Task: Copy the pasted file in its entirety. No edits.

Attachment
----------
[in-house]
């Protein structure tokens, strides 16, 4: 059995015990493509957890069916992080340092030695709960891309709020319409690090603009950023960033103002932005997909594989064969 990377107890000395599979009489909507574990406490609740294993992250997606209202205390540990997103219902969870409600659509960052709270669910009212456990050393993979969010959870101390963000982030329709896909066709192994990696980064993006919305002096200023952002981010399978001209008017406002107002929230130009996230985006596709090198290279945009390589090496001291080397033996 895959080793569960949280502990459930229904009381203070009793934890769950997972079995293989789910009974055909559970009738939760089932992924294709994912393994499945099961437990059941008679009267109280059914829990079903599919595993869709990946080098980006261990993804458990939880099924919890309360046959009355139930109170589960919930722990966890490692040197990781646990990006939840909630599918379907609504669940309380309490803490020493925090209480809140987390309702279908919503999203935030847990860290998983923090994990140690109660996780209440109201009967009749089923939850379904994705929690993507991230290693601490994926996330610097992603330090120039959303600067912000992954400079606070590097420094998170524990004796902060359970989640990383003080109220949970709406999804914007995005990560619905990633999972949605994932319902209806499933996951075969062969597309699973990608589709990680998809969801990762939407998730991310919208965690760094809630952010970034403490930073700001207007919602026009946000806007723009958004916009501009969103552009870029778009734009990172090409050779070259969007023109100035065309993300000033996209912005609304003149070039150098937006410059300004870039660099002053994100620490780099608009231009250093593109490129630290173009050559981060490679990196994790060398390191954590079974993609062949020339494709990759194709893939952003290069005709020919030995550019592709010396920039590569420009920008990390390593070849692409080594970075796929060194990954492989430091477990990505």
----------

[in-house]
């Protein structure tokens, strides 16, 4: 059995015990493509957890069916992080340092030695709960891309709020319409690090603009950023960033103002932005997909594989064969 990377107890000395599979009489909507574990406490609740294993992250997606209202205390540990997103219902969870409600659509960052709270669910009212456990050393993979969010959870101390963000982030329709896909066709192994990696980064993006919305002096200023952002981010399978001209008017406002107002929230130009996230985006596709090198290279945009390589090496001291080397033996 895959080793569960949280502990459930229904009381203070009793934890769950997972079995293989789910009974055909559970009738939760089932992924294709994912393994499945099961437990059941008679009267109280059914829990079903599919595993869709990946080098980006261990993804458990939880099924919890309360046959009355139930109170589960919930722990966890490692040197990781646990990006939840909630599918379907609504669940309380309490803490020493925090209480809140987390309702279908919503999203935030847990860290998983923090994990140690109660996780209440109201009967009749089923939850379904994705929690993507991230290693601490994926996330610097992603330090120039959303600067912000992954400079606070590097420094998170524990004796902060359970989640990383003080109220949970709406999804914007995005990560619905990633999972949605994932319902209806499933996951075969062969597309699973990608589709990680998809969801990762939407998730991310919208965690760094809630952010970034403490930073700001207007919602026009946000806007723009958004916009501009969103552009870029778009734009990172090409050779070259969007023109100035065309993300000033996209912005609304003149070039150098937006410059300004870039660099002053994100620490780099608009231009250093593109490129630290173009050559981060490679990196994790060398390191954590079974993609062949020339494709990759194709893939952003290069005709020919030995550019592709010396920039590569420009920008990390390593070849692409080594970075796929060194990954492989430091477990990505």